And why can’t this get an HD remake?
[Narrated by Josh Picard]
Growing up, I had a friend who was very into the Star Wars Customizable Card Game. He carried two binders with him throughout the fifth grade: one for his school work and one for all of his cards. I don’t know if he actually played it with other people — I certainly didn’t know of anyone else at school who was into it — but he loved to break that binder out at lunch to show us all the new cards he’d bought over the weekend. If YouTube was a thing back when we were kids, he’d probably have a channel of nothing but him opening booster packs that makes $125,000 a year.
I didn’t get the appeal of collectible card games, and as I grew up and was introduced to more of them, that opinion didn’t change. But in 2004, I started to soften to the idea of playing a game built around collecting cards and managing decks. That was the year Kingdom Hearts: Chain of Memories came out, and while I know its battle system is a major point of contention, it grabbed me hook, line, and sinker. I loved going through the menus trying to assemble the best deck possible, and out of that game, I found myself ready to give the genre a go. Or, at the very least, a video game version of it.
Unfortunately, the first two games I played were SNK vs. Capcom: Card Fighters DS and Marvel Trading Card Game. Nothing will turn a newcomer away from card games faster than something as shitty as those titles. Whatever goodwill in the genre Chain of Memories planted in me was dead by the time I gleefully traded them into GameStop for $2.
I have, in recent years, opened myself up to collectible card games once more with Shadowverse on my iPad. That game has let me dip my toes back into the genre without committing a lot of time or money, and it’s provided a sufficient amount of enjoyment. It’s allowed me to be a casual fan of card games, but after this past month, I think I’m ready to dive headfirst into the deep end. Because in 2021, I played Pokémon Trading Card Game for the first time, and all I’m wondering is what the hell took me so long?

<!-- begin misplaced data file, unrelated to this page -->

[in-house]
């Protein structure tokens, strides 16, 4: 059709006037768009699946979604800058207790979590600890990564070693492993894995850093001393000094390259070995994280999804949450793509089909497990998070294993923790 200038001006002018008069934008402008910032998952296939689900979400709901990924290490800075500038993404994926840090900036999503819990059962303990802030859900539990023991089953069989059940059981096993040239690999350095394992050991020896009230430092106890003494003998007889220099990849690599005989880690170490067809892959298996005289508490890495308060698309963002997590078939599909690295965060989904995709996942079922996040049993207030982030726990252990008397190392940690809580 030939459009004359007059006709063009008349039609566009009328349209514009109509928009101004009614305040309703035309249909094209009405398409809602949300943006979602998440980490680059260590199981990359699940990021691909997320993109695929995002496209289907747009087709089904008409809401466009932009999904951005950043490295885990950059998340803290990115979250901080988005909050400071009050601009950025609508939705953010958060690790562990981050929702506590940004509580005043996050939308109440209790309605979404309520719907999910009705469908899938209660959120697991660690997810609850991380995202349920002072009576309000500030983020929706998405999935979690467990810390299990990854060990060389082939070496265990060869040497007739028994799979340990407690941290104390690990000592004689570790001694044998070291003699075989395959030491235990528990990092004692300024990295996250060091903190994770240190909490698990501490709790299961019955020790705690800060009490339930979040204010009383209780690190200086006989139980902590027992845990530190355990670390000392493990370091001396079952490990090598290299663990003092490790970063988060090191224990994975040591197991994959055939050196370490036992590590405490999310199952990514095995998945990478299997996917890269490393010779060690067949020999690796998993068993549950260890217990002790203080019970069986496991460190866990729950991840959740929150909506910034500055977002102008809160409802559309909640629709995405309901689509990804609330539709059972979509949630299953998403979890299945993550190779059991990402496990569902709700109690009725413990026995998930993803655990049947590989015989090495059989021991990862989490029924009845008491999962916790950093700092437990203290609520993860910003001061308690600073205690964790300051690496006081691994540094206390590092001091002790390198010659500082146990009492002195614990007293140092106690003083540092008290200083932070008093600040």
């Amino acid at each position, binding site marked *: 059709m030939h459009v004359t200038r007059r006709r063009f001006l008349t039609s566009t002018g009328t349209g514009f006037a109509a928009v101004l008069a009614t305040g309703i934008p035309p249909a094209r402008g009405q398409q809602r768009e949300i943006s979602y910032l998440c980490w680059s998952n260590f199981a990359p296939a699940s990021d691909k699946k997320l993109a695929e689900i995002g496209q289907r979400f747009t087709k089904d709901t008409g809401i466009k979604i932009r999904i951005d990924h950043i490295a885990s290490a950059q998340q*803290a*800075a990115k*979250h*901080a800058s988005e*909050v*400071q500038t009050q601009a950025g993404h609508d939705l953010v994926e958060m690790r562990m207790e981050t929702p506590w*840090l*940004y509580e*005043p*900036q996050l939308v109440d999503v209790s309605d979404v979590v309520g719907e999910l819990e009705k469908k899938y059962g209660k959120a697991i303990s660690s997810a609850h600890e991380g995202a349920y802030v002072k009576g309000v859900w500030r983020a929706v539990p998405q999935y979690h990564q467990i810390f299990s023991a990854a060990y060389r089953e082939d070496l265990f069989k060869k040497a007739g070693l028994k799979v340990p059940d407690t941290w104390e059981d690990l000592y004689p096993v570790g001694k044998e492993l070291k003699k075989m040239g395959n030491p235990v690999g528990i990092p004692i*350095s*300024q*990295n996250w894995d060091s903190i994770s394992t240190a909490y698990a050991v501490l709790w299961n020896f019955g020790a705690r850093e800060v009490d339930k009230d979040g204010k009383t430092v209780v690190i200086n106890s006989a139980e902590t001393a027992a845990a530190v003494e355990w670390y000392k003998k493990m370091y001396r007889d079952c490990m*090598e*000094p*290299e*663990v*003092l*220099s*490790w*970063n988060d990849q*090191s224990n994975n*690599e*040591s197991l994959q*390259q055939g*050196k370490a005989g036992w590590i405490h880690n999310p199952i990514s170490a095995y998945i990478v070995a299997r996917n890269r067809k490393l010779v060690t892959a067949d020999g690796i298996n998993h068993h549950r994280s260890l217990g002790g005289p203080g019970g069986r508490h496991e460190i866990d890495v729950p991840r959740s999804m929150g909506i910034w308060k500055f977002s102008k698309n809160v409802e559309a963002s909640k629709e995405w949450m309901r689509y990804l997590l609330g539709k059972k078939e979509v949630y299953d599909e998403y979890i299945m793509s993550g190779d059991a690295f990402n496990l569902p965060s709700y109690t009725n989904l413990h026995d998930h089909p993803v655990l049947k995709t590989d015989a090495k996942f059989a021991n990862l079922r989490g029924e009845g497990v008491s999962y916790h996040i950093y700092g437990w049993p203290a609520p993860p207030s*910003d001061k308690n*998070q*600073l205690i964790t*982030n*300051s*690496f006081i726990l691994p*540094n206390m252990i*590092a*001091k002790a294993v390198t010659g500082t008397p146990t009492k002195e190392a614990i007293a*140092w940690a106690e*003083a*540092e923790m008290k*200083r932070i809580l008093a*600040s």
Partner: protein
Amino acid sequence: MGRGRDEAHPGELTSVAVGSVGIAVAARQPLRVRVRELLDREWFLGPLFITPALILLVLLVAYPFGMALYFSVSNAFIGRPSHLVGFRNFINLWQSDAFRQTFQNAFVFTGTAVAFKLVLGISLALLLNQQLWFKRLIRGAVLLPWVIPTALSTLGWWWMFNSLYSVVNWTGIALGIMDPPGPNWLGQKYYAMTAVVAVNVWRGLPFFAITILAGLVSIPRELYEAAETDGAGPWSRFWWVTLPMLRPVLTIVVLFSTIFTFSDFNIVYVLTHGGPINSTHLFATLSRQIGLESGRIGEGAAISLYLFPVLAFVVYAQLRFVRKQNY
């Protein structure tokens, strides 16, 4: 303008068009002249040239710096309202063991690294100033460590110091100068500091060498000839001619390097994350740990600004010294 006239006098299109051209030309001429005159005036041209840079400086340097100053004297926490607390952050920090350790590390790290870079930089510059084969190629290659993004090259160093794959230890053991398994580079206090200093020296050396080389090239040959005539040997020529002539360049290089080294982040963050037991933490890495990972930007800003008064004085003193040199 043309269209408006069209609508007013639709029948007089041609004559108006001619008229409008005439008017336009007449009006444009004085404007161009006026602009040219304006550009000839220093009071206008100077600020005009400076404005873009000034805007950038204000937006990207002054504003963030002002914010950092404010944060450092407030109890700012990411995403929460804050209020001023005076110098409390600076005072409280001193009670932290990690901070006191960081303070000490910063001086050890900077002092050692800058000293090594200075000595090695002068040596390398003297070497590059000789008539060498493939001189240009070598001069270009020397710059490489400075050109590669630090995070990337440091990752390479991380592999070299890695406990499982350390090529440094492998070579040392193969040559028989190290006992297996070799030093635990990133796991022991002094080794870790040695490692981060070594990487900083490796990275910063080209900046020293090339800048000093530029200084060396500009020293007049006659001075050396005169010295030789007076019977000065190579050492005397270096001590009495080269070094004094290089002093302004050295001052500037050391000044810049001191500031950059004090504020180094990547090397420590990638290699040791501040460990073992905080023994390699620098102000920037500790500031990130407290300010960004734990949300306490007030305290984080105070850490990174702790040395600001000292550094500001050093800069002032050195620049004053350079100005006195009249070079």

If you’re unfamiliar with it, Pokémon Trading Card Game is an adaptation of the tabletop Trading Card Game (TCG) that was first released for the Game Boy Color back in 1998. It brought together more than 200 cards from the first three sets of the TCG, recreated them as best as it could on an 8-bit device, and packaged them in an adventure that would be familiar to fans who’d cut their teeth on the series with Pokémon Red and Blue. There are clubs to conquer, NPCs to challenge, grand masters to defeat, and legendary cards to collect. And all of it is fucking brilliant.
One of the greatest things about the game is its non-linear approach to progression. There are no routes to travel here, no grinding for XP. You can challenge any of your opponents in any order you want in order to get the sweet booster packs they cough up when defeated. You can bounce back and forth between two clubs or just continue to shift around your deck at one until you can manage a win. It’s really up to the player to decide how they want to proceed.
Unlike the games in the mainline Pokémon series, this has a very small number of opponents for players to face. But that’s probably for the best because battles against them can take quite some time. Once you do get into a battle, Pokémon Trading Card Game does an astonishing job of recreating the TCG experience with a single screen 8-bit device. The card games of today are spoiled by advances in technology, but Hudson Soft and Creatures Inc. knocked the presentation out of the park while constrained to 160×144 pixels and far fewer buttons than modern consoles.